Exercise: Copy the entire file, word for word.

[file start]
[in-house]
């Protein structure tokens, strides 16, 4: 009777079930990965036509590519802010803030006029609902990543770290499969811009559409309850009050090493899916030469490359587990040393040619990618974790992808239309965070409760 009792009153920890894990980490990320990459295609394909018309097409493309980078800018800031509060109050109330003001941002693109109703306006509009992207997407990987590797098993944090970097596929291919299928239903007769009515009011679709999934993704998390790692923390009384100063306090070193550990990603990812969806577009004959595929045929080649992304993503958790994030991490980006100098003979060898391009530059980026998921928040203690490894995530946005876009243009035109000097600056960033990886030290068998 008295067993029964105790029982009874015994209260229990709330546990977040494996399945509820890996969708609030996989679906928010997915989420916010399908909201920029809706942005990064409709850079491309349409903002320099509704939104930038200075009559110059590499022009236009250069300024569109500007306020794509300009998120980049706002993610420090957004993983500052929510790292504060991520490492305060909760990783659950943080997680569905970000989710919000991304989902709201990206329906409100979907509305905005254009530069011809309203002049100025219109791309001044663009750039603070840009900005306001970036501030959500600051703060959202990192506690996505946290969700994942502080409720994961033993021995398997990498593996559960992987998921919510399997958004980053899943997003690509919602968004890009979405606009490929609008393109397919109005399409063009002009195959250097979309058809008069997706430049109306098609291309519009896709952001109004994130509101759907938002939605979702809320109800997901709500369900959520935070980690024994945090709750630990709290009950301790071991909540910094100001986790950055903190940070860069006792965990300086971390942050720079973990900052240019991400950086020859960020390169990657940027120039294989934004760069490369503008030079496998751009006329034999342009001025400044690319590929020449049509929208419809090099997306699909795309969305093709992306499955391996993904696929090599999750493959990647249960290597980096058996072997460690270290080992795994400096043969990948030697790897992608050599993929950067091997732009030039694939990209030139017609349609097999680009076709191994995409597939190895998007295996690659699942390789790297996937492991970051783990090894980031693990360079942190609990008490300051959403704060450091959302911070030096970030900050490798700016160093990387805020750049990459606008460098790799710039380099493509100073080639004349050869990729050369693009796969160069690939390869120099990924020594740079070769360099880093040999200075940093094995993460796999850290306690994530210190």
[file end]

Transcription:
[in-house]
């Protein structure tokens, strides 16, 4: 009777079930990965036509590519802010803030006029609902990543770290499969811009559409309850009050090493899916030469490359587990040393040619990618974790992808239309965070409760 009792009153920890894990980490990320990459295609394909018309097409493309980078800018800031509060109050109330003001941002693109109703306006509009992207997407990987590797098993944090970097596929291919299928239903007769009515009011679709999934993704998390790692923390009384100063306090070193550990990603990812969806577009004959595929045929080649992304993503958790994030991490980006100098003979060898391009530059980026998921928040203690490894995530946005876009243009035109000097600056960033990886030290068998 008295067993029964105790029982009874015994209260229990709330546990977040494996399945509820890996969708609030996989679906928010997915989420916010399908909201920029809706942005990064409709850079491309349409903002320099509704939104930038200075009559110059590499022009236009250069300024569109500007306020794509300009998120980049706002993610420090957004993983500052929510790292504060991520490492305060909760990783659950943080997680569905970000989710919000991304989902709201990206329906409100979907509305905005254009530069011809309203002049100025219109791309001044663009750039603070840009900005306001970036501030959500600051703060959202990192506690996505946290969700994942502080409720994961033993021995398997990498593996559960992987998921919510399997958004980053899943997003690509919602968004890009979405606009490929609008393109397919109005399409063009002009195959250097979309058809008069997706430049109306098609291309519009896709952001109004994130509101759907938002939605979702809320109800997901709500369900959520935070980690024994945090709750630990709290009950301790071991909540910094100001986790950055903190940070860069006792965990300086971390942050720079973990900052240019991400950086020859960020390169990657940027120039294989934004760069490369503008030079496998751009006329034999342009001025400044690319590929020449049509929208419809090099997306699909795309969305093709992306499955391996993904696929090599999750493959990647249960290597980096058996072997460690270290080992795994400096043969990948030697790897992608050599993929950067091997732009030039694939990209030139017609349609097999680009076709191994995409597939190895998007295996690659699942390789790297996937492991970051783990090894980031693990360079942190609990008490300051959403704060450091959302911070030096970030900050490798700016160093990387805020750049990459606008460098790799710039380099493509100073080639004349050869990729050369693009796969160069690939390869120099990924020594740079070769360099880093040999200075940093094995993460796999850290306690994530210190």